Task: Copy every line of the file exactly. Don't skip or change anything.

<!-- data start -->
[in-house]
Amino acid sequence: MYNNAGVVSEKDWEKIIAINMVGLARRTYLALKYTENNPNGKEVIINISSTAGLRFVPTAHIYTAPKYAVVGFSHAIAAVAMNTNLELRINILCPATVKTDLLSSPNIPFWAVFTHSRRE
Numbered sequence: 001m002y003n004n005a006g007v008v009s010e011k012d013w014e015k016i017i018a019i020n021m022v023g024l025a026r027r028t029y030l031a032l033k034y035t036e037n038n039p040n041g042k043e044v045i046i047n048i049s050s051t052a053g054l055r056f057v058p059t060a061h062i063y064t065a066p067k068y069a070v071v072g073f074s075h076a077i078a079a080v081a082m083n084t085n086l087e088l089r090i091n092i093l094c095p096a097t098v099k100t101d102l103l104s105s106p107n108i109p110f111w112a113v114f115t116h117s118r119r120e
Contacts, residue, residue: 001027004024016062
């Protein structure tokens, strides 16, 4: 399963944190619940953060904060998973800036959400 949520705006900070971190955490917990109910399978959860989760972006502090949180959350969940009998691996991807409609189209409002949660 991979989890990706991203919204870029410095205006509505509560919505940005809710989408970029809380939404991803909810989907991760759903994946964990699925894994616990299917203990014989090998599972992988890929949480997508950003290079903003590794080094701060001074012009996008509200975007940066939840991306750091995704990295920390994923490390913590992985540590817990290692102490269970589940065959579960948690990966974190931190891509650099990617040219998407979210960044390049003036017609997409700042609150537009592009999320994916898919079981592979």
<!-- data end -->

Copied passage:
[in-house]
Amino acid sequence: MYNNAGVVSEKDWEKIIAINMVGLARRTYLALKYTENNPNGKEVIINISSTAGLRFVPTAHIYTAPKYAVVGFSHAIAAVAMNTNLELRINILCPATVKTDLLSSPNIPFWAVFTHSRRE
Numbered sequence: 001m002y003n004n005a006g007v008v009s010e011k012d013w014e015k016i017i018a019i020n021m022v023g024l025a026r027r028t029y030l031a032l033k034y035t036e037n038n039p040n041g042k043e044v045i046i047n048i049s050s051t052a053g054l055r056f057v058p059t060a061h062i063y064t065a066p067k068y069a070v071v072g073f074s075h076a077i078a079a080v081a082m083n084t085n086l087e088l089r090i091n092i093l094c095p096a097t098v099k100t101d102l103l104s105s106p107n108i109p110f111w112a113v114f115t116h117s118r119r120e
Contacts, residue, residue: 001027004024016062
């Protein structure tokens, strides 16, 4: 399963944190619940953060904060998973800036959400 949520705006900070971190955490917990109910399978959860989760972006502090949180959350969940009998691996991807409609189209409002949660 991979989890990706991203919204870029410095205006509505509560919505940005809710989408970029809380939404991803909810989907991760759903994946964990699925894994616990299917203990014989090998599972992988890929949480997508950003290079903003590794080094701060001074012009996008509200975007940066939840991306750091995704990295920390994923490390913590992985540590817990290692102490269970589940065959579960948690990966974190931190891509650099990617040219998407979210960044390049003036017609997409700042609150537009592009999320994916898919079981592979």